Lac La Biche Ski Magic
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Archer is ready to go skiing. He’s so excited his body is shaking. As he moves from one to the other of our group, he nudges us, looking at us imploringly, as if to say, “Are you ready now? Are you ready now?”
His human companion, Jaclyn Denman, patiently gets her skis on and gets him clipped on to her harness. Here in Sir Winston Churchill Provincial Park, as in all provincial and federal parks of course, dogs are required to be kept on leash. But Archer doesn’t mind. With a long lead and eight kilometres of trail to pull Jaclyn along, he is one happy dog, and his excitement is infectious.
You'll find solitude cross-country skiing on the lake.
Although you can still see the urban centre of Lac La Biche in the distance if you squint carefully, SWCPP is separated from the daily bustle of Lac La Biche. Once you cross the causeway to the island, you are disconnected both literally and figuratively. No traffic, few if any people, and absolute quiet. It’s the perfect place to discover the meditative potential of Nordic skiing. Skis gliding along snow, forest spreading out along lake, mind sailing on ahead.
Unlike more action-packed, adrenalin-charged downhill sports, skiing cross-country is usually slower, flatter and quieter. If that sounds like a knock, it’s not. Clip in and take a few strides along the trails at Sir Winston Churchill Provincial Park, and your cares quickly shed away. The rhythm of it - arms and legs alternating in the push-stride of classic skiing - focuses attention on the moment. The landscape of lakes and islands, and the sheer vast expanses of white, make it easy to empty the mind of distraction.
The cabins along the lake provide a place to warm up after a day of Nordic skiing.
With Archer in the lead, though, there are also enough humourous distractions to keep things light and fun. As Jaclyn and the rest of our group enjoy the time together out on the trails, Archer gives the occasional tug that leaves Jaclyn lurching, and sometimes taking a powder in the fresh snow that lines the sides of the groomed trails.
After a couple hours’ ski, we stop in one of the 10 cabins overlooking the lake. Inside the cabin it’s cozy and warm, with full dining space, kitchen, bathroom, bedrooms and living space, and soon everyone is stripping layers, laying food and hot drinks out onto the table and settling into big, cushy armchairs.
The cabins are set along the lake and provide beautiful views.
Open year-round, these cabins offer cross-country skiing right from your doorstep for only $100/night during the winter. Up to eight people can sleep in one cabin (and dogs are welcome).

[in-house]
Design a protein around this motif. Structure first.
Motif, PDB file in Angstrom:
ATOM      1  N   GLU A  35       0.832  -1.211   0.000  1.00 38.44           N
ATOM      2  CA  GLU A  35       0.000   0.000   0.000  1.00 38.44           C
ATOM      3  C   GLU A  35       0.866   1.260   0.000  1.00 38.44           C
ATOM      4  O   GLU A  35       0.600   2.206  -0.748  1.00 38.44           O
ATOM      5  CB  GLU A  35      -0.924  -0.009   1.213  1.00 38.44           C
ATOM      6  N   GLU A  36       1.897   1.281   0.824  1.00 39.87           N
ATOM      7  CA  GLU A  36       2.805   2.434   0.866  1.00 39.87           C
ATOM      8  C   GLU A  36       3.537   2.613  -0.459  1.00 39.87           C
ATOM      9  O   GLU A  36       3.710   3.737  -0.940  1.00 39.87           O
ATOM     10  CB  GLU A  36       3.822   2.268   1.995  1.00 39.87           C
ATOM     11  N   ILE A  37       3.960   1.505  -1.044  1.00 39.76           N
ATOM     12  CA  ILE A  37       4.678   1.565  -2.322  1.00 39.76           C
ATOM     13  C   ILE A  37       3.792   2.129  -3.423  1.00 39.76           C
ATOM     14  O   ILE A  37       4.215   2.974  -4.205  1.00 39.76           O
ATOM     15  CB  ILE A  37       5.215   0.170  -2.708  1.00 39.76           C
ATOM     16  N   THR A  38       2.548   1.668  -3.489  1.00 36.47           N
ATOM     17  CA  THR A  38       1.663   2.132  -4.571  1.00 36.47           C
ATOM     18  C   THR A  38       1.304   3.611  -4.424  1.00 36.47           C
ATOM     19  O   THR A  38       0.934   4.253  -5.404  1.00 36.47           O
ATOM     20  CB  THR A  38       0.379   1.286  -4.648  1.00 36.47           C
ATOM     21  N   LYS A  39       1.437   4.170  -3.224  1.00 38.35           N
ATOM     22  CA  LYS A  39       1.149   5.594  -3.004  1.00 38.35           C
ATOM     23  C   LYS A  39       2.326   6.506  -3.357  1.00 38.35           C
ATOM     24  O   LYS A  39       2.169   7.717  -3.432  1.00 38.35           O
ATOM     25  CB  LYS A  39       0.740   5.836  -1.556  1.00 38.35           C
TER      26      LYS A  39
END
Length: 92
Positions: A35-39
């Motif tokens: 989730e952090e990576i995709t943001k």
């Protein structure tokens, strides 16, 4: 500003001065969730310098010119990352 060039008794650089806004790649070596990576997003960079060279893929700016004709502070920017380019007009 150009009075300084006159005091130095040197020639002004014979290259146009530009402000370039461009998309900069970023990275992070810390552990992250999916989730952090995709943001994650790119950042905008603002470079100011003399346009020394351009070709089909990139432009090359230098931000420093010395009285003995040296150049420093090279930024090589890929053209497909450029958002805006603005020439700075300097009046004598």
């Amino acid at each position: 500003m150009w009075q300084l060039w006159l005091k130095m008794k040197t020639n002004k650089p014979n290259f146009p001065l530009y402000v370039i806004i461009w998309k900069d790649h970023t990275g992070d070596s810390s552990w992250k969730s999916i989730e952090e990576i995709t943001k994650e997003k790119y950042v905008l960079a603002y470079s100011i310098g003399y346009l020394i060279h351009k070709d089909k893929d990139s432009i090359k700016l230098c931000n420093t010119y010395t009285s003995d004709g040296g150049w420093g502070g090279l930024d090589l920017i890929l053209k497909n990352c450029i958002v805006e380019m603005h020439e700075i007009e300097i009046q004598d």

Too soon for a nap, but just soon enough to beat the creeping lethargy that can come on after a picnic lunch in a warm cabin, Archer is ready to go again.
For the afternoon, we decide to head to Shaw Lake, located in Lakeland Provincial Park (about 30 minutes east of Lac La Biche) for a bit more challenge. With 30 kilometres of groomed lanes that dip, turn and meander up hills and down, these trails are a local favourite, says Brian Deheer, vice-president of the Lac La Biche Ski Club. At the end of Shaw Lake, stocked with firewood, is a chalet offering a mid-ski warm-up point.
One of the benefits of meditation and skiing alike is the feeling of wakefulness that can infuse you with energy and enthusiasm. Fresh off the trail, it’s natural to feel an increased desire to socialize and celebrate life, and this is the root of apres-ski.
Fat Unicorn Brewing celebrates its Russian heritage with a tasty Russian-style stout and other interesting beers.
With its burnished wood decor and large, bright windows, walking into Fat Unicorn Brewing Co.’s newly opened bar and restaurant feels like a roomier version of the Nordic cabins, only with fresh-brewed craft beer on tap. Drawing on his Russian heritage, owner Paul Reutov brews fine beers in several styles, the most popular of which are their Amber Ale and Dirty Blonde Lager, but there is also a fine Imperial Stout in the Russian style for the beer connoisseur’s searching palate. (Pairs well with the Siberian dumplings, an FU Brewing specialty.)
With a fine meal and some beer sampling, the tired satisfaction of a good day’s skiing sinks in. Even Archer is ready to settle… for now.
When You Go
Toques off to friends at the Lac La Biche Nordic Ski Club, out maintaining the trails; keepers of the Lac La Biche cross country ski magic. Consider a membership or make a donation to support their work as they groom some of the best trails in Northeast Alberta.
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Learn more about what Northern Alberta has in store for you this winter by visiting our #SkiNorthAB page, where more stories and videos will be coming out all season long.